United States District Court, W.D. Kentucky, Louisville
OPINION AND ORDER
JAMES D. MOYER, Magistrate Judge.
This matter is before the court on the plaintiff's motion for leave to serve two interrogatories on the defendant Brian Clare. (DN 58). Cross-motions for summary judgment are currently pending. The plaintiff, Caesars Entertainment Operating Company, Inc., seeks discovery in support of its prior motion to disqualify defense counsel Linda Magruder. (DN 23). The court previously remanded this motion without prejudice and ordered a briefing schedule for dispositive motions. (DNs 42, 47). The defendant objects to the discovery on multiple grounds, including the pendency of these dispositive motions.
The plaintiff complains that counsel is representing the defendants under a conflict of interest, in part, because a cause of action may lie against the defendant Clare if the plaintiff prevails on its claim that the defendant Clare improperly disbursed the disputed funds - the merit of which is at issue in the pending dispositive motions. Aside from the conflict analysis, the plaintiff's motion to disqualify hinges on the premise that a non-client has standing to assert the conflict of interest and is entitled thereby to the remedy of opposing counsel's disqualification. For this specific proposition, the plaintiff cites to two circuit court opinions, Kevlik v. Goldstein, 724 F.2d 844, 848 (1st Cir. 1984) (involving a conflict of interest based on an attorney's actual or potential use of client confidences to another's advantage), and Wilson v. Morgan, 477 F.3d 326, 346 (6th Cir. 2007) (containing comment that a magistrate judge found non-client standing on a conflict issue in a civil rights action - a collateral point not preserved for appellate review). The other lower court authorities cited by the plaintiff are distinguishable on the facts and are less persuasive.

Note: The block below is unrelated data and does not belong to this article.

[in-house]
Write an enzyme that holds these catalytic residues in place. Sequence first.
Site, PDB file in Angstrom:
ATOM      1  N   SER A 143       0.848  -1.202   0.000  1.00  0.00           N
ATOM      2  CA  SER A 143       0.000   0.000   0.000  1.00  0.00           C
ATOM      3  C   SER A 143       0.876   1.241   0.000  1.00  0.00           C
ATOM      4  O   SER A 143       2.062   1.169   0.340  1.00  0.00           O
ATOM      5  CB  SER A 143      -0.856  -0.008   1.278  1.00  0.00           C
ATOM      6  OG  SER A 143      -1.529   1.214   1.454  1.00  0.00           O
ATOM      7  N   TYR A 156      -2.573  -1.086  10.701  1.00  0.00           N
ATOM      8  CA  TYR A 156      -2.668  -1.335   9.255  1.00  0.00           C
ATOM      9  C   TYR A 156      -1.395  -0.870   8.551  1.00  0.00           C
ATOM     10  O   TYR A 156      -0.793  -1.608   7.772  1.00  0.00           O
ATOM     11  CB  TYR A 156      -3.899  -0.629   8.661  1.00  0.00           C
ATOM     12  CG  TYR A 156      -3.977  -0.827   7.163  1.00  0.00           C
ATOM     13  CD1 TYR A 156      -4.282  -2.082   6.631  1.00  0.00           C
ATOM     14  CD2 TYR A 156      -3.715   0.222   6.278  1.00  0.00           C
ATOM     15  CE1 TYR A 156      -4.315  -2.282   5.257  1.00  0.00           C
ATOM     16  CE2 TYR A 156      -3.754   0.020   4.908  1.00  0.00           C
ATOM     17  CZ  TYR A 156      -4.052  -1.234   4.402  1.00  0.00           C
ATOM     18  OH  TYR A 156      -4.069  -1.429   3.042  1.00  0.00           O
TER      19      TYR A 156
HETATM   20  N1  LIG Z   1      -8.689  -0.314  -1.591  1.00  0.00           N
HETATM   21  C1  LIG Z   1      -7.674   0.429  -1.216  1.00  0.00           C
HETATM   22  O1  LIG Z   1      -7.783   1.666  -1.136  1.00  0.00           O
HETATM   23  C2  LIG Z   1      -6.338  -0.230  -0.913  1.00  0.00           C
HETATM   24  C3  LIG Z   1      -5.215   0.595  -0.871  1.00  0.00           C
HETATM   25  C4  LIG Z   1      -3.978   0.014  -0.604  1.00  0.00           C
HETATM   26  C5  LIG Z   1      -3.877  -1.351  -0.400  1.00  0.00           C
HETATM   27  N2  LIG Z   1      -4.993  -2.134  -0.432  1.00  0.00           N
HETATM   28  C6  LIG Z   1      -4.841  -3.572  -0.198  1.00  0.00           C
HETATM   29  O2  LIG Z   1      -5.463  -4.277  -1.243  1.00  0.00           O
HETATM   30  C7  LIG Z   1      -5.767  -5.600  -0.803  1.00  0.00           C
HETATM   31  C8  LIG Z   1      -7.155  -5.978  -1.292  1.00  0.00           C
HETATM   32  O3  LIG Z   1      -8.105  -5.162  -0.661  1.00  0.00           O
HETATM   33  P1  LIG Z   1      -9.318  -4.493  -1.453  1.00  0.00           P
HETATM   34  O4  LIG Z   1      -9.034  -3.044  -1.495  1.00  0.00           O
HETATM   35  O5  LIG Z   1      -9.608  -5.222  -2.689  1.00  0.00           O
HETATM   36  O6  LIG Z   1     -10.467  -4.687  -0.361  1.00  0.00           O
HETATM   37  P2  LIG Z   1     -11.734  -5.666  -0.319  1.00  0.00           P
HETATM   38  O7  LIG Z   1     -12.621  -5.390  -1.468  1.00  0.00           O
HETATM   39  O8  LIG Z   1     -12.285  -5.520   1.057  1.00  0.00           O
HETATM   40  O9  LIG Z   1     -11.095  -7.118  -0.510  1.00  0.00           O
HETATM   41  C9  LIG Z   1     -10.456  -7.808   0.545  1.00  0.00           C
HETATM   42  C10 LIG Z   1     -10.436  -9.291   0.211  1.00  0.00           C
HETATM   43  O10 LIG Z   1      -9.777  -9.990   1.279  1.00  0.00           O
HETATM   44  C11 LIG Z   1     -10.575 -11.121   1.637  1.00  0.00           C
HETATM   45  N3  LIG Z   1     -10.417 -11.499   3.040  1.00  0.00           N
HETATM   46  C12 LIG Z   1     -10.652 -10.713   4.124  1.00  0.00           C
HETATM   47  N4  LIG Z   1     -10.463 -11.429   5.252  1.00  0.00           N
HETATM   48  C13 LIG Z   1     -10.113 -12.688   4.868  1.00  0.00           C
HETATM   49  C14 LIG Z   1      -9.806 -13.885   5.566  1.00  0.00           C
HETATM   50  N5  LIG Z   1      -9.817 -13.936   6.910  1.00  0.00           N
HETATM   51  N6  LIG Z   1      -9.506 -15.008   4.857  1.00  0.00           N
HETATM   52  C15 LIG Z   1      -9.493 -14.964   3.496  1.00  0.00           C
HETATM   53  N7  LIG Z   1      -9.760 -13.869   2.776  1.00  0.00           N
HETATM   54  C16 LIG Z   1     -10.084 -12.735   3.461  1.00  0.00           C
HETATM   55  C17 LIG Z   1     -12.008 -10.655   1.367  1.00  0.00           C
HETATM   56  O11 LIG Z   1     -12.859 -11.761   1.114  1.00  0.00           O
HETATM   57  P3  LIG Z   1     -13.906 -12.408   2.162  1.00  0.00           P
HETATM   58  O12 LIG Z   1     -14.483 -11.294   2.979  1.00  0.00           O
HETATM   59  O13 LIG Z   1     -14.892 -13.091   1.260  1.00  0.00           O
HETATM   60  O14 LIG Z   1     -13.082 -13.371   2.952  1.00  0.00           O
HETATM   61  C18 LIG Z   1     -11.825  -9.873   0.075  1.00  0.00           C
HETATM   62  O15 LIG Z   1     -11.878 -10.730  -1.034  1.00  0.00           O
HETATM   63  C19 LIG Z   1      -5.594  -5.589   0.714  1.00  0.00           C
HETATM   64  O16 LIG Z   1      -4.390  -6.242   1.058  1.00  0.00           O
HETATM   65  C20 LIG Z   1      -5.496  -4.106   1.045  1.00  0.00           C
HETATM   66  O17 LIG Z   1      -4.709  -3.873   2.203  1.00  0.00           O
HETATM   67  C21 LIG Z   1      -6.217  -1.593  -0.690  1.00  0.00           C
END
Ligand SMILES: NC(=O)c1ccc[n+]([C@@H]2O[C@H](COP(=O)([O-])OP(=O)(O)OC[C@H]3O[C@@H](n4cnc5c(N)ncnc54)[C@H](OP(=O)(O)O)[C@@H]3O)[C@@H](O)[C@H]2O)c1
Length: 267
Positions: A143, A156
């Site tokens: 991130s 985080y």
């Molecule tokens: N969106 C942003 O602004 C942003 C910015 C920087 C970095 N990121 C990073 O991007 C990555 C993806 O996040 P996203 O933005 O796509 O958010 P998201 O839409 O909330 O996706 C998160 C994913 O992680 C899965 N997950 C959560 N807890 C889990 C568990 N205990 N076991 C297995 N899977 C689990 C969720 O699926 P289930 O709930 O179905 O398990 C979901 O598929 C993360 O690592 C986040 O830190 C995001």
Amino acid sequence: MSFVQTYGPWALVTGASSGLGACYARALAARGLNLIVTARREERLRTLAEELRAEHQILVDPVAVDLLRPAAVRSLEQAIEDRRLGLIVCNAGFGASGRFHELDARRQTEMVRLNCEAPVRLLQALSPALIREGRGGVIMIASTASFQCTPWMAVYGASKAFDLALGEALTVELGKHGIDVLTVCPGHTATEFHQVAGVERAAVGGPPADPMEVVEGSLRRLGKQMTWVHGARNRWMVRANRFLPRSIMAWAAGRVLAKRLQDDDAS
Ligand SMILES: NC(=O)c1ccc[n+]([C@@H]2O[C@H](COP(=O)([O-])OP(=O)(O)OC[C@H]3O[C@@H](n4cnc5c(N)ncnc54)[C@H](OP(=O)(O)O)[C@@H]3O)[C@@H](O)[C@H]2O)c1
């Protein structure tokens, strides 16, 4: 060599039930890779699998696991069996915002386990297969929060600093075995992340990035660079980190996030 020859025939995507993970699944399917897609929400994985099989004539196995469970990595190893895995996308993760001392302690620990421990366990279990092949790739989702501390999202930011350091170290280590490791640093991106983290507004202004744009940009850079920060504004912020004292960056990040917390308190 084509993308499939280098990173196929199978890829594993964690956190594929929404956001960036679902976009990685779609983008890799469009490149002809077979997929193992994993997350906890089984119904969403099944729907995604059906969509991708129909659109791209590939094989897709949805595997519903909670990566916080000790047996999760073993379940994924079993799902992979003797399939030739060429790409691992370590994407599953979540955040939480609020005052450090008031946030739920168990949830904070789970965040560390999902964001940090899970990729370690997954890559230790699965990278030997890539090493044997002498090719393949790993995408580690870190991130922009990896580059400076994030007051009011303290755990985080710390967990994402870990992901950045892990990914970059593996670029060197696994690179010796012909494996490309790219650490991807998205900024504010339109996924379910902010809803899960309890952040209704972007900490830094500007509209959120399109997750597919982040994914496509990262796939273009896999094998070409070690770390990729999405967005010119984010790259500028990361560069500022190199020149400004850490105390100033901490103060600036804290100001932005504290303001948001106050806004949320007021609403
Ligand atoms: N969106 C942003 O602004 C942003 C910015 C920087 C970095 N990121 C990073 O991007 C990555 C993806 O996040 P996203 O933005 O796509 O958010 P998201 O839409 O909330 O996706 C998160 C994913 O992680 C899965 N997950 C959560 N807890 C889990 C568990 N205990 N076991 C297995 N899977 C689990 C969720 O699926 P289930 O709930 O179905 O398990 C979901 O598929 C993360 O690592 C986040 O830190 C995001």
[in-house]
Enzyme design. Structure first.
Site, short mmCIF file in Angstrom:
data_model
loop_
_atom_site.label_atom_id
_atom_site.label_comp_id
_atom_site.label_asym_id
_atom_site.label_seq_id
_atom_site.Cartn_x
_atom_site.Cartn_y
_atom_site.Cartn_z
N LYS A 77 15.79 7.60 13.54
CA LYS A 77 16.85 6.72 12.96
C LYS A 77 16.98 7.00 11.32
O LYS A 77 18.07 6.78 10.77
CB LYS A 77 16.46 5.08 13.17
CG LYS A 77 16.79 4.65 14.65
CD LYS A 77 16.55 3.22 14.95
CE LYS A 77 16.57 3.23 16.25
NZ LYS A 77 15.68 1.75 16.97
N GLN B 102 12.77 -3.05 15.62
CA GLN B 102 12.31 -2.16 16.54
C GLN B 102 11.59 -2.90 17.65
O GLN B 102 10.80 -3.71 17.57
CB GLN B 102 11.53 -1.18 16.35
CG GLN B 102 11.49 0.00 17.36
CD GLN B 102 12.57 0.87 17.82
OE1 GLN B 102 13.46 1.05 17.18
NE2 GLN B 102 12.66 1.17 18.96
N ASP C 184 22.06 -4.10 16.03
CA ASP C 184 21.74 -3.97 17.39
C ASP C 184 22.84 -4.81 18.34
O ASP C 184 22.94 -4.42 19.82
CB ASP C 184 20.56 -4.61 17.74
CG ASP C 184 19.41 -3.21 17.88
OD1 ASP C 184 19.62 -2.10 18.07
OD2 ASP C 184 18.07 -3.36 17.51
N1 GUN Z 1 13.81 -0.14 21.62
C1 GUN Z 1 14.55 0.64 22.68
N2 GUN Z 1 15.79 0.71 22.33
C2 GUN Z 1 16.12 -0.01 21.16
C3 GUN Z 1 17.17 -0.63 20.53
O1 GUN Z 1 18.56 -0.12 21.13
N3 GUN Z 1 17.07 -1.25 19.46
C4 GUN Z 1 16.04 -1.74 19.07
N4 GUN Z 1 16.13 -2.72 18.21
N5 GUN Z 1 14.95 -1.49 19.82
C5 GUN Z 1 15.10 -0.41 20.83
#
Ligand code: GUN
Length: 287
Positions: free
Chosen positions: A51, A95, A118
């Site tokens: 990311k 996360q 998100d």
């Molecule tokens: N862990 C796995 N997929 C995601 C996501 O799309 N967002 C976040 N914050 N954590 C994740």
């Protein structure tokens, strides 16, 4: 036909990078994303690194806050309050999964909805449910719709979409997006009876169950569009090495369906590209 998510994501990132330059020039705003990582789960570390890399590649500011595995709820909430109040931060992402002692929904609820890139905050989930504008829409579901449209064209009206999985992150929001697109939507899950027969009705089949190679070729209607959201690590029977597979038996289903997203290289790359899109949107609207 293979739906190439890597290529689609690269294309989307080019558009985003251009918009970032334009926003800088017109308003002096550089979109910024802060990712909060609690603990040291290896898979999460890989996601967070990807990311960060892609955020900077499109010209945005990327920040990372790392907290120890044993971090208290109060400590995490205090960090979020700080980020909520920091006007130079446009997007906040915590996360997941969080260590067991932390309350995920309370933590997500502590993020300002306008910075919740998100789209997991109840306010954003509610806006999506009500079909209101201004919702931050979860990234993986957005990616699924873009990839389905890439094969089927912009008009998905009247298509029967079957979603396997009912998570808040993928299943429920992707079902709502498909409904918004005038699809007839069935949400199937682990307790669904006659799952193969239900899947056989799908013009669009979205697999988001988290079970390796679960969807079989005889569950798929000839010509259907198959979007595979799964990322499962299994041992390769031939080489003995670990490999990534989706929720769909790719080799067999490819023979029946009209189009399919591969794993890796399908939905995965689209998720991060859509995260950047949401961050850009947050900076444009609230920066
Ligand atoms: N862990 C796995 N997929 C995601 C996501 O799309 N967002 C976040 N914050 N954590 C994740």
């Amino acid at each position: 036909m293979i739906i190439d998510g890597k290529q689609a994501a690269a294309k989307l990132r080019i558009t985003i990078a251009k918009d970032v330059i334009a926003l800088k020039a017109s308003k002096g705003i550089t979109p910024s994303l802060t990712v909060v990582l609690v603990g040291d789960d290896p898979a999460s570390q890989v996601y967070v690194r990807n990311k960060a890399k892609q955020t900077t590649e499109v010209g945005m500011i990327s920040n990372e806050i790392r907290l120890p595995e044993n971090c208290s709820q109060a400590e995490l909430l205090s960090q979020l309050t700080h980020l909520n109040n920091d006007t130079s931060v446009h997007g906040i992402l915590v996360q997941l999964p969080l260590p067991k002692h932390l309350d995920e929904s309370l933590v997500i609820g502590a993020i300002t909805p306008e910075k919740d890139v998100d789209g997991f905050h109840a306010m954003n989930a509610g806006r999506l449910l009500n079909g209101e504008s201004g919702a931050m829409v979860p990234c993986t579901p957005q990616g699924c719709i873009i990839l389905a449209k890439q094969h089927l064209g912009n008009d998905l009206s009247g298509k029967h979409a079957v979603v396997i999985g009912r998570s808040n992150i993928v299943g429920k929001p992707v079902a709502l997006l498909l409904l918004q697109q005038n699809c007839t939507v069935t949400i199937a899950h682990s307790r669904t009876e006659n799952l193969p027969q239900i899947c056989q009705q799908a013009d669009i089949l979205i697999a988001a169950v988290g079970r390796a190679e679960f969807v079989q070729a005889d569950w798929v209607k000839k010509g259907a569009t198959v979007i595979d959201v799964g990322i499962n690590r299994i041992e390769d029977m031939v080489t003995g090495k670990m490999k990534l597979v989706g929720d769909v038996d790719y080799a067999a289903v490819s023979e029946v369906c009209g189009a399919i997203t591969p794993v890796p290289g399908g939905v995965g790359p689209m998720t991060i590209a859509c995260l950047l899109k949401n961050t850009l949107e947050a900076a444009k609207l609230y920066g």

The court is not persuaded the plaintiff has sufficient standing under the circumstances to seek the disqualification of opposing counsel, and any interest the plaintiff's counsel may have in the self-regulation of an ethical concern is insufficient to warrant the relief sought. An order of disqualification is an extreme sanction. In the magistrate judge's view, the defendants' choice of counsel is an interest that far outweighs the plaintiff's interest in dispelling the alleged, potential taint upon the integrity of this judicial process.
After thorough consideration of the parties' memoranda, and the court being ...